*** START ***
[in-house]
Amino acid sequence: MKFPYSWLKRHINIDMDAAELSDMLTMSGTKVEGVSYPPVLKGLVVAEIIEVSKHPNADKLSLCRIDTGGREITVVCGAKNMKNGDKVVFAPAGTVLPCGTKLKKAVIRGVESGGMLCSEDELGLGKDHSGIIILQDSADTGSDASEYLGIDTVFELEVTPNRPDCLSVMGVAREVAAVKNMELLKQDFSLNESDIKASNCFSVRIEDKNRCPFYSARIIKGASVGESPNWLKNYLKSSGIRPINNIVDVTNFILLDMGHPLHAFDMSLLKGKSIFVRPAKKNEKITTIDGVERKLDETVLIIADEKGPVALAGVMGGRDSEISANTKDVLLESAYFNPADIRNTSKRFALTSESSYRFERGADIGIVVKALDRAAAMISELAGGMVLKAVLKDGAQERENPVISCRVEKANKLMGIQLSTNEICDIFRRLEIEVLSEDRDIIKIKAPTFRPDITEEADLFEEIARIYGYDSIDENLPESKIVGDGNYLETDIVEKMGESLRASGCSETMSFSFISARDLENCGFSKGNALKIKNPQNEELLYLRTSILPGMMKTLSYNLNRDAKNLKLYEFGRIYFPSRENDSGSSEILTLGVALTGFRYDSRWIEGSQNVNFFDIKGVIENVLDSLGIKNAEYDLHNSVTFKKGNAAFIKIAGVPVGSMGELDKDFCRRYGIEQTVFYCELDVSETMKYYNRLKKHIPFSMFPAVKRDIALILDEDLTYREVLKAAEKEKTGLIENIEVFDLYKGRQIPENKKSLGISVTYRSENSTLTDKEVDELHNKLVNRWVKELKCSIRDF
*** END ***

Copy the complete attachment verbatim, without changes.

[in-house]
Amino acid sequence: MKFPYSWLKRHINIDMDAAELSDMLTMSGTKVEGVSYPPVLKGLVVAEIIEVSKHPNADKLSLCRIDTGGREITVVCGAKNMKNGDKVVFAPAGTVLPCGTKLKKAVIRGVESGGMLCSEDELGLGKDHSGIIILQDSADTGSDASEYLGIDTVFELEVTPNRPDCLSVMGVAREVAAVKNMELLKQDFSLNESDIKASNCFSVRIEDKNRCPFYSARIIKGASVGESPNWLKNYLKSSGIRPINNIVDVTNFILLDMGHPLHAFDMSLLKGKSIFVRPAKKNEKITTIDGVERKLDETVLIIADEKGPVALAGVMGGRDSEISANTKDVLLESAYFNPADIRNTSKRFALTSESSYRFERGADIGIVVKALDRAAAMISELAGGMVLKAVLKDGAQERENPVISCRVEKANKLMGIQLSTNEICDIFRRLEIEVLSEDRDIIKIKAPTFRPDITEEADLFEEIARIYGYDSIDENLPESKIVGDGNYLETDIVEKMGESLRASGCSETMSFSFISARDLENCGFSKGNALKIKNPQNEELLYLRTSILPGMMKTLSYNLNRDAKNLKLYEFGRIYFPSRENDSGSSEILTLGVALTGFRYDSRWIEGSQNVNFFDIKGVIENVLDSLGIKNAEYDLHNSVTFKKGNAAFIKIAGVPVGSMGELDKDFCRRYGIEQTVFYCELDVSETMKYYNRLKKHIPFSMFPAVKRDIALILDEDLTYREVLKAAEKEKTGLIENIEVFDLYKGRQIPENKKSLGISVTYRSENSTLTDKEVDELHNKLVNRWVKELKCSIRDF